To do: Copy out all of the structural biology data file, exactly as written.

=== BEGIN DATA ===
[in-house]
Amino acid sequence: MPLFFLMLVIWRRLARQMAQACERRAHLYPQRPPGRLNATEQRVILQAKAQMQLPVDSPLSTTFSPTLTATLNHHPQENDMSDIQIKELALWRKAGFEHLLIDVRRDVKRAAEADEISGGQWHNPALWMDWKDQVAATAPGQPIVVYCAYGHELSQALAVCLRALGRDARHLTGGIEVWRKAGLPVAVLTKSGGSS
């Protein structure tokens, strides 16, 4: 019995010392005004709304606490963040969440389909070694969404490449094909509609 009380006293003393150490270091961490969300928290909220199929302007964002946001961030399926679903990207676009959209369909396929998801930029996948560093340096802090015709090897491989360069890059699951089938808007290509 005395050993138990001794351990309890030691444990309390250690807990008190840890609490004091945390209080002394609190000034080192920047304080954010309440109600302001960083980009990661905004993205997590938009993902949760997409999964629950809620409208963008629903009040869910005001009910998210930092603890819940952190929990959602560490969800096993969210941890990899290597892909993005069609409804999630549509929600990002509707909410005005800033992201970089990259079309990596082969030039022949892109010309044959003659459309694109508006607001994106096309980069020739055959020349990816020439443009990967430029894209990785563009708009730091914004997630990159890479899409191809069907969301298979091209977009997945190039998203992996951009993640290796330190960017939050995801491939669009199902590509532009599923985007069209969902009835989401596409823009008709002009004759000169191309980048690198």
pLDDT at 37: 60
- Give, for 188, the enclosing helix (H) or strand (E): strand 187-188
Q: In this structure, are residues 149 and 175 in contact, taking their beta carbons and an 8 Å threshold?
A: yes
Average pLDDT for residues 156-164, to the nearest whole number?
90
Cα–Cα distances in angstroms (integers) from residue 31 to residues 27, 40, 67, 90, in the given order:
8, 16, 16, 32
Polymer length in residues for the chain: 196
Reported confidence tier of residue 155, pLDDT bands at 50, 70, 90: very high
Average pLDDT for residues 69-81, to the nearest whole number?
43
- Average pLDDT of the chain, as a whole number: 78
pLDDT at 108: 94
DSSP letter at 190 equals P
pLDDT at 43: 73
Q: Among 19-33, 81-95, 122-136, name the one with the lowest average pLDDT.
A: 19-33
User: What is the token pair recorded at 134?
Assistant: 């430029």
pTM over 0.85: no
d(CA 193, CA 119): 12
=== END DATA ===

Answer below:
[in-house]
Amino acid sequence: MPLFFLMLVIWRRLARQMAQACERRAHLYPQRPPGRLNATEQRVILQAKAQMQLPVDSPLSTTFSPTLTATLNHHPQENDMSDIQIKELALWRKAGFEHLLIDVRRDVKRAAEADEISGGQWHNPALWMDWKDQVAATAPGQPIVVYCAYGHELSQALAVCLRALGRDARHLTGGIEVWRKAGLPVAVLTKSGGSS
């Protein structure tokens, strides 16, 4: 019995010392005004709304606490963040969440389909070694969404490449094909509609 009380006293003393150490270091961490969300928290909220199929302007964002946001961030399926679903990207676009959209369909396929998801930029996948560093340096802090015709090897491989360069890059699951089938808007290509 005395050993138990001794351990309890030691444990309390250690807990008190840890609490004091945390209080002394609190000034080192920047304080954010309440109600302001960083980009990661905004993205997590938009993902949760997409999964629950809620409208963008629903009040869910005001009910998210930092603890819940952190929990959602560490969800096993969210941890990899290597892909993005069609409804999630549509929600990002509707909410005005800033992201970089990259079309990596082969030039022949892109010309044959003659459309694109508006607001994106096309980069020739055959020349990816020439443009990967430029894209990785563009708009730091914004997630990159890479899409191809069907969301298979091209977009997945190039998203992996951009993640290796330190960017939050995801491939669009199902590509532009599923985007069209969902009835989401596409823009008709002009004759000169191309980048690198």
pLDDT at 37: 60
- Give, for 188, the enclosing helix (H) or strand (E): strand 187-188
Q: In this structure, are residues 149 and 175 in contact, taking their beta carbons and an 8 Å threshold?
A: yes
Average pLDDT for residues 156-164, to the nearest whole number?
90
Cα–Cα distances in angstroms (integers) from residue 31 to residues 27, 40, 67, 90, in the given order:
8, 16, 16, 32
Polymer length in residues for the chain: 196
Reported confidence tier of residue 155, pLDDT bands at 50, 70, 90: very high
Average pLDDT for residues 69-81, to the nearest whole number?
43
- Average pLDDT of the chain, as a whole number: 78
pLDDT at 108: 94
DSSP letter at 190 equals P
pLDDT at 43: 73
Q: Among 19-33, 81-95, 122-136, name the one with the lowest average pLDDT.
A: 19-33
User: What is the token pair recorded at 134?
Assistant: 């430029």
pTM over 0.85: no
d(CA 193, CA 119): 12